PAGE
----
New York Giants 34, Carolina Panthers 28 OT
Great game. It's apparent we watched the two best teams in the NFC square off. But it wasn't a flawless outing, especially for the Panthers. After all, their front seven was thoroughly worn down by New York's offensive line and running backs, and the receivers at times had trouble getting open against a stingy secondary. Crazy as it sounds, I'm not so sure I would want the No. 1 seed. Think about it: during the flow of an NFL season, a team usually stays home for no more than two weeks in a row. But as the top seed in the playoffs, a team could stay home for up to a month. That is a completely different rhythm. And recent history suggests that the change in schedule can be a disadvantage. The last No. 1 seed to hoist the Lombardi Trophy was the '03 Patriots. The Panthers were creative in getting Steve Smith the ball early in this game, but once New York committed safety help, Carolina was content to go elsewhere. The Panthers have enough offensive talent to get away with this, but they might want to at least look for a big play from Smith once or twice a half regardless. Corey Webster and Aaron Ross were both fantastic Sunday night. Not enough attention was given to the fact that Ken Lucas's pass interference in the end-zone late in this game marked the first pass interference penalty called against the Panthers all season. That is simply incredible – especially considering how physical the Carolina cornerbacks are. Have you noticed that on the sideline during Giants game there always seems to be a bunch of ultra New Yorky-looking old guys who are sophisticatedly dressed as if they're about to play chess at a public park? They're the guys wearing rain coats and Scottish cashmere gill caps. Who are they?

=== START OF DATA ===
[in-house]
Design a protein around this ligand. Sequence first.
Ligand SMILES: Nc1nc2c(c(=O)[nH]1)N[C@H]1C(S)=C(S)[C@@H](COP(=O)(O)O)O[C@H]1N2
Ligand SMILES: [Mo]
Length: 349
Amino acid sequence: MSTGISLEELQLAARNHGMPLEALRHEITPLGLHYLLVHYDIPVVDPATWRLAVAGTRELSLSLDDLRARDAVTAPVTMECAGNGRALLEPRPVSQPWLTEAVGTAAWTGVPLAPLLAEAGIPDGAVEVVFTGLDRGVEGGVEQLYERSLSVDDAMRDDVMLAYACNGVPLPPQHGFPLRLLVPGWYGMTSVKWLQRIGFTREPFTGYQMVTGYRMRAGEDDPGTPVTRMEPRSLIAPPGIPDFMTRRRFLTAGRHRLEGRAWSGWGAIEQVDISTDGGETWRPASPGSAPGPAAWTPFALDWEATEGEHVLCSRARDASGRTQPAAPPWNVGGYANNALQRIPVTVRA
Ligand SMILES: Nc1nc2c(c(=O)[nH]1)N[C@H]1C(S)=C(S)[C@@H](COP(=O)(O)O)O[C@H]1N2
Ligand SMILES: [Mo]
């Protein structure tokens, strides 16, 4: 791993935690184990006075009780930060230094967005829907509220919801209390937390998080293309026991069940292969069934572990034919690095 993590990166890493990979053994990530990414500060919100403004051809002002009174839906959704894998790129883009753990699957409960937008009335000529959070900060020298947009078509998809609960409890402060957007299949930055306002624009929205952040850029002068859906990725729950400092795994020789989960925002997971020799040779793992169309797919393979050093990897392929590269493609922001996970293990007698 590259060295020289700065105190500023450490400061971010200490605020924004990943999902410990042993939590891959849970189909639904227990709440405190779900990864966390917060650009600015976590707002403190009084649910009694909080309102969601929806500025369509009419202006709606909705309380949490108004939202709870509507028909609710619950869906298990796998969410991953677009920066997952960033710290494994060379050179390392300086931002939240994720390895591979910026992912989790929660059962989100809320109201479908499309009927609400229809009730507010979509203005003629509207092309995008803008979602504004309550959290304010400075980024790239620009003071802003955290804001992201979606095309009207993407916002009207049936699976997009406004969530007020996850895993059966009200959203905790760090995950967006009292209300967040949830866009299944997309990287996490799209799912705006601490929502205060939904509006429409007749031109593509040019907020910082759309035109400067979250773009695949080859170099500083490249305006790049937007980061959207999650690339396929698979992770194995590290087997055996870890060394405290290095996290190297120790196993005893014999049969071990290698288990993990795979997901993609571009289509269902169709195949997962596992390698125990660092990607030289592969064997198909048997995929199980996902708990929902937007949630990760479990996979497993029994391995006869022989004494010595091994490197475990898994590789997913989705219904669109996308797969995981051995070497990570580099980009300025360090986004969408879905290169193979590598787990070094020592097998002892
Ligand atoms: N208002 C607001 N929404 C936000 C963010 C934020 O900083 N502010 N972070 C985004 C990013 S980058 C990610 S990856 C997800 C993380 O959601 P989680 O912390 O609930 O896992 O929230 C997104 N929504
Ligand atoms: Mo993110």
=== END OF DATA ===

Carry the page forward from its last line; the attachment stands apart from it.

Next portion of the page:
Buffalo Bills 30, Denver Broncos 23
Watching Denver face San Diego on NBC primetime next week will evoke that morally iffy feeling you used to get when you stayed quite while witnessing your friend cheat on a test. It seems inherently wrong to watch these two middling teams play for such high stakes. The best thing Denver has going for them next week is that they're on the road. That way, when they blow what should have been an easy division title, they at least won't get booed off the field. To Denver's credit, not many teams could handle the injuries at running back as well as they have. The Broncos didn't run worth a darn in this game, but they were starting their sixth different running back on the season. Overall, Mike Shanahan's team ranks a solid 16th in the league in rushing. Mad props to the Bills for fighting back in a meaningless cross-country game in which they fell behind early. Marshawn Lynch and Fred Jackson were particularly impressive.
Washington Redskins 10, Philadelphia Eagles 3
The Eagles are like a hyperactive puppy or a rebellious ADD-riddled 12-year-old: the second you put down your guard and give them any sort of positive feedback, they disappoint you. Philly is actually a fairly simple team to figure out: when Brian Westbrook is right, they're good. When he's not, they're bad. DeSean Jackson had one of those defining rookie learning experiences. And this time it did not involve him throwing the ball away before crossing the goal-line. The impressive young star dropped four passes on the day, including what looked to be a game-tying grab in the end-zone. It's an utter shock, and quite frankly, a disgrace, to hear Jim Zorn's name mentioned amongst coaches on the hotseat. The first-year head man has done a semi-marvelous job with this team. Washington's problem is that they've hit a wall, in part because their running back and offensive tackles got hurt. Can Zorn do better? Absolutely. But it's up to Dan Snyder to give him the chance.